New ET Detection Method Calls for World's Largest Telescope
Published 5/29/2013 in Franck Marchis Blog Author Franck Marchis
THE FOLLOWING ITEM WAS ISSUED BY ASTRONOMY MAGAZINE IN WAUKESHA, WISCONSIN, AND IS POSTED ON MY BLOG FOR YOUR INFORMATION. 29 May 2013  This release is based on a story in the June 2013 issue of Astronomy magazine: http://www.astronomy.com/~/media/Files/PDF/Magazine%20articles/ET-with-infrared-light.pdf Until recently, one of the ultimate mysteries of the universe -- how many civilizations may exist on planets orbiting other stars in the Milky Way Galaxy -- relied on the possibility of detecting intelligent beings by radio signals. Now a team of astronomers, engineers, and physicists from the University of Hawaii, the University of Freiburg, and elsewhere has proposed a new and powerful technique to... read more ❯

A Snapshot of Exoplanet Study
Published 5/2/2012 in Franck Marchis Blog Author Franck Marchis
The study of exoplanets is without any doubt the most active and disrupting field in today astronomy. I had often blogged about it since it is my little obsession. Unfortunately, I have a hard time to keep up with the amount of discoveries and announcements being made every week over the past 3 years. This post is a snapshot of the recent study of exoplanets: what we know, what have been recently discovered and what is coming soon. Source: en.wikipedia.org via Franck on Pinterest Today (May 2 2012) the Extrasolar Planets Encyclopaedia lists the characteristics of 763 exoplanets.  Exoplanet App contains 760 discovered exoplanets. The NASA Planet... read more ❯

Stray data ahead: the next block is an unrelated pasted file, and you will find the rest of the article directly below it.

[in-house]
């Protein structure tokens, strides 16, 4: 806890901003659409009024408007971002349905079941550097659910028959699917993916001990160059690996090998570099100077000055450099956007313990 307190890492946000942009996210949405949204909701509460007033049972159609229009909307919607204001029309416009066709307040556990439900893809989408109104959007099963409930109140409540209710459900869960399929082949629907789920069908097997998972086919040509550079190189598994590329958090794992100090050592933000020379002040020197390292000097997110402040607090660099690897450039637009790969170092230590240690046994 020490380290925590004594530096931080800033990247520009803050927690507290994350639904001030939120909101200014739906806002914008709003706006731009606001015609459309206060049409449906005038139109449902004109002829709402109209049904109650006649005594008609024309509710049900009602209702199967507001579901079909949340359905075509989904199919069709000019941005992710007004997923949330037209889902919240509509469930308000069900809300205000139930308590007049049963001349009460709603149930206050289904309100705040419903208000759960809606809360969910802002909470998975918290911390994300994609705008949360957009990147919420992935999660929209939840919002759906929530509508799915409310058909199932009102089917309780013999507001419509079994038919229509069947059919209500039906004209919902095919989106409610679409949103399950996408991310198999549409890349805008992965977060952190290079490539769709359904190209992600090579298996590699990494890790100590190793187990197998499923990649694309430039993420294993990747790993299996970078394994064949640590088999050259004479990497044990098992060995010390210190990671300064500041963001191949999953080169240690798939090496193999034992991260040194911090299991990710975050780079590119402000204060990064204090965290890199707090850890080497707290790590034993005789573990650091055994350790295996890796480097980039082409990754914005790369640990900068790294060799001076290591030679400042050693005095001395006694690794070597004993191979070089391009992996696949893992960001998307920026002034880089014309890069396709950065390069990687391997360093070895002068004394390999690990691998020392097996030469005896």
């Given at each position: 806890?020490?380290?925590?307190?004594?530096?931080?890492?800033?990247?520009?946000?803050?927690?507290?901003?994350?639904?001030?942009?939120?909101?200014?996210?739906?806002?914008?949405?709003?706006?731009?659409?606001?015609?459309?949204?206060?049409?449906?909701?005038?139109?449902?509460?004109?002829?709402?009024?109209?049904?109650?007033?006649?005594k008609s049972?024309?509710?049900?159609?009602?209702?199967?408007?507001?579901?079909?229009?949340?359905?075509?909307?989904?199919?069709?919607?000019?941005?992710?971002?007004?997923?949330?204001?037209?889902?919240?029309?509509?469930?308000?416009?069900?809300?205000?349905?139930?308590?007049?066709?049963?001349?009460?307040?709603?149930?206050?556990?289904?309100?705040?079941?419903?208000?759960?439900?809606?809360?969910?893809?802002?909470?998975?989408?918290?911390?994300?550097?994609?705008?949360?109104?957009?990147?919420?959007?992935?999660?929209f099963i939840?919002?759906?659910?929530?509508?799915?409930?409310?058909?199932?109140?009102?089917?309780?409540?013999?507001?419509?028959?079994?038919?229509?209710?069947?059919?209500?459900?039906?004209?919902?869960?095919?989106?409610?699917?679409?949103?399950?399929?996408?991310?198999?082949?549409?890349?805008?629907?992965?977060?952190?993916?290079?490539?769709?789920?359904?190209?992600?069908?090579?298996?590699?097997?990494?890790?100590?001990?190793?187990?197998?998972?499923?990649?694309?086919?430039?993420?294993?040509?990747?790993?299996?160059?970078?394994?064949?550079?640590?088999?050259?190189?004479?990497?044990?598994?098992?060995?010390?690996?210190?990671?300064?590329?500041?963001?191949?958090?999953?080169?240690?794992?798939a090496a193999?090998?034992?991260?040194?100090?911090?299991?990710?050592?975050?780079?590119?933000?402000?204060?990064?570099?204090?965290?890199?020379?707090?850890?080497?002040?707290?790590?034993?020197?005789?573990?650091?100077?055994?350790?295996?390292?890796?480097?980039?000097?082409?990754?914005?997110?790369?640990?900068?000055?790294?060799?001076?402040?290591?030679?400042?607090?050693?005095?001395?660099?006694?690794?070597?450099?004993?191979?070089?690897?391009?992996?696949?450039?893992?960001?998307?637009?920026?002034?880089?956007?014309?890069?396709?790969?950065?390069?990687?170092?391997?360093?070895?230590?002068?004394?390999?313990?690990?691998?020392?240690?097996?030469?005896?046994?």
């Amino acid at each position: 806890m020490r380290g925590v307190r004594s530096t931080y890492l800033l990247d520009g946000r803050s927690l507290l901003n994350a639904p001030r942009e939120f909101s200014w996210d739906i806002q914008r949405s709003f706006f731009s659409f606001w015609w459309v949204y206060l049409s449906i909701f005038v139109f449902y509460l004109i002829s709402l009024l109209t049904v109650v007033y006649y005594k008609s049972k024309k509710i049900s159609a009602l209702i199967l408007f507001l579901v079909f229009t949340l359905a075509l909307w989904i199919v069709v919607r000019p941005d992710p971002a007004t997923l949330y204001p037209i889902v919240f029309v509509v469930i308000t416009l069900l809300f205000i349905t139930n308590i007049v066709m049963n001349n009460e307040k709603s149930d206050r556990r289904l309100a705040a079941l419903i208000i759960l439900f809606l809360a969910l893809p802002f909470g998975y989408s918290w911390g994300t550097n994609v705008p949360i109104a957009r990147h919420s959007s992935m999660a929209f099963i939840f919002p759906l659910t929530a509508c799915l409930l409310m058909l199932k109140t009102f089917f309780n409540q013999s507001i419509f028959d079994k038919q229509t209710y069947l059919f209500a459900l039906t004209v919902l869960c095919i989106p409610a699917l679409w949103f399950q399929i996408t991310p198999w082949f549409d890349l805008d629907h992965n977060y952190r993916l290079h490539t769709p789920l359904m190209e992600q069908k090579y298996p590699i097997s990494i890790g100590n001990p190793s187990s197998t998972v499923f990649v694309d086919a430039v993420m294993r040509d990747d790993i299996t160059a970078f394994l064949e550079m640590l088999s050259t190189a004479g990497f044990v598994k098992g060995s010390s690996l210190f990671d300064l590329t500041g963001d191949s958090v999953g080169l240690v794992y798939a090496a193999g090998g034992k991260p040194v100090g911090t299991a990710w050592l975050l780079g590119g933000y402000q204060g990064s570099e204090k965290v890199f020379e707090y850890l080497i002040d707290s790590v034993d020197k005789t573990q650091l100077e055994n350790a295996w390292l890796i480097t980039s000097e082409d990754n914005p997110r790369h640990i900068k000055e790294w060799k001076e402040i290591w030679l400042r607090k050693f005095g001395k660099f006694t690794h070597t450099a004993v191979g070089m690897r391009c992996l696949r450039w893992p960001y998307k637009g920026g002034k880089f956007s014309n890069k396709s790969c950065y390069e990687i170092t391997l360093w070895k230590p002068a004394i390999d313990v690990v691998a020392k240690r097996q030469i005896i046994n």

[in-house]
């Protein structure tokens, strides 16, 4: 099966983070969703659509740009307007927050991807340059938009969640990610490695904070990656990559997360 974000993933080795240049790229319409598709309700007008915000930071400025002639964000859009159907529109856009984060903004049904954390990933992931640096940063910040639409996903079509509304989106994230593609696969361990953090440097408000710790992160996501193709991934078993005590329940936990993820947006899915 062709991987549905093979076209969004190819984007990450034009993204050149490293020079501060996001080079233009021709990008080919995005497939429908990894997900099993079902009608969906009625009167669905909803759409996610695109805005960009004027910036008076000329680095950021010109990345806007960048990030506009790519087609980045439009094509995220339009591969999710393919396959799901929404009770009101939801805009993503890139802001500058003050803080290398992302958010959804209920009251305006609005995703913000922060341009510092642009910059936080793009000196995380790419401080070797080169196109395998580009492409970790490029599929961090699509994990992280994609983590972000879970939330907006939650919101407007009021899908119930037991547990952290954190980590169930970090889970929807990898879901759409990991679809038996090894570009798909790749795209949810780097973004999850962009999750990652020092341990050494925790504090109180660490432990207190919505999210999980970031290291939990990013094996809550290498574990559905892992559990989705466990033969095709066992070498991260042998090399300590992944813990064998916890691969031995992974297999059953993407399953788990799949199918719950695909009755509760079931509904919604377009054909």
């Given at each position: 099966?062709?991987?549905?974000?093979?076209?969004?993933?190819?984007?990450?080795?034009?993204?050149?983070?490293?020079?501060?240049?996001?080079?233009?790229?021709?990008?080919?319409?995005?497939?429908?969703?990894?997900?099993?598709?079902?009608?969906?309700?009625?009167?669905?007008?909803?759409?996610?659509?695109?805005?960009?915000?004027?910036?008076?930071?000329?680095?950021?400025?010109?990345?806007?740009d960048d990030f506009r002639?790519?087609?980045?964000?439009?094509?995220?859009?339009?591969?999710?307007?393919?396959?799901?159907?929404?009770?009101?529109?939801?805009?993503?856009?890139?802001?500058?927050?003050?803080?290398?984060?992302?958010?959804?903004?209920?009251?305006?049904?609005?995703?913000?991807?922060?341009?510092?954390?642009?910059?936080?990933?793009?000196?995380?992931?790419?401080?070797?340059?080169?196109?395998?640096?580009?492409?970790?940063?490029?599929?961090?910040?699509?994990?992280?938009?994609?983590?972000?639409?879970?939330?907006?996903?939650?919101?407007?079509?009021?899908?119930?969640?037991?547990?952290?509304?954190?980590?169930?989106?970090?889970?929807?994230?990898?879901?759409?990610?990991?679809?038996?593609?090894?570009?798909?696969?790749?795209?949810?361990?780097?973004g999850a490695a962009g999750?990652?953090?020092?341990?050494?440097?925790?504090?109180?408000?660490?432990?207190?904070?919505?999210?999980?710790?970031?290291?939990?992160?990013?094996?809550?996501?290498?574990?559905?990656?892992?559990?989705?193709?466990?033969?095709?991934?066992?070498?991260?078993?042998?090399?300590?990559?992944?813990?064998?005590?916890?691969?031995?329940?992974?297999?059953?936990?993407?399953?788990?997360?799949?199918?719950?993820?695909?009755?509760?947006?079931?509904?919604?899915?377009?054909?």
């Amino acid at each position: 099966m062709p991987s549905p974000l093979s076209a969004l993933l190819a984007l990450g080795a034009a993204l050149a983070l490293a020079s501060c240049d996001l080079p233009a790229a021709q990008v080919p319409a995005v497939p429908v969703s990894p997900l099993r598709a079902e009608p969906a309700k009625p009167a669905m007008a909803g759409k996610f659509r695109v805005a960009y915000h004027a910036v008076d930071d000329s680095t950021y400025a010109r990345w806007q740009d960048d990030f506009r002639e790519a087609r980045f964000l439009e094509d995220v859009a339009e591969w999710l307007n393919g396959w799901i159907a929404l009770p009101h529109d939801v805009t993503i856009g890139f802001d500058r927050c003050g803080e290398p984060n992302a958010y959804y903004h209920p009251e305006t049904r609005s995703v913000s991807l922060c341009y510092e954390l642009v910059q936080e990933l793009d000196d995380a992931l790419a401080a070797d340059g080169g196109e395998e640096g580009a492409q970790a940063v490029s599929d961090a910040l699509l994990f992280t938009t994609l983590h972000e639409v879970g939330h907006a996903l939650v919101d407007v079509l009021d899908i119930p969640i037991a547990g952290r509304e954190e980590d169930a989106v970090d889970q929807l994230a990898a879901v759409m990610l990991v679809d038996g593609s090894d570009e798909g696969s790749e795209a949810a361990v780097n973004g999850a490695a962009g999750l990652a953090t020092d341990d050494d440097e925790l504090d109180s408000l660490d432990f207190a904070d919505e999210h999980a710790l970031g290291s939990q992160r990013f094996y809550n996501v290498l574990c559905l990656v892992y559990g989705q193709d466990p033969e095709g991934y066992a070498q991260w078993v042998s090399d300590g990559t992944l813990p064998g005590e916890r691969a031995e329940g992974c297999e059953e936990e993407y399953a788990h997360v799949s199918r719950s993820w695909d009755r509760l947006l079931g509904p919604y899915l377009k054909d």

A superb video of the Thirty Meter Telescope
Published 3/15/2012 in Franck Marchis Blog Author Franck Marchis
"Seeing is believing" or better "dreaming is believing"... The Four Dimensional Digital Universe Project (4D2U Project) & National Astronomical Observatory of Japan (NAOJ) released one year ago a superb video about Thirty Meter Telescope (TMT). This gigantic and ambitious telescope located on the top of the Mauna Kea in Hawaii, is shown in the context of already existing telescopes, including the today Giants, such as the twin W.M. Keck telescopes and the Gemini North and Subaru Telescopes. This is not... read more ❯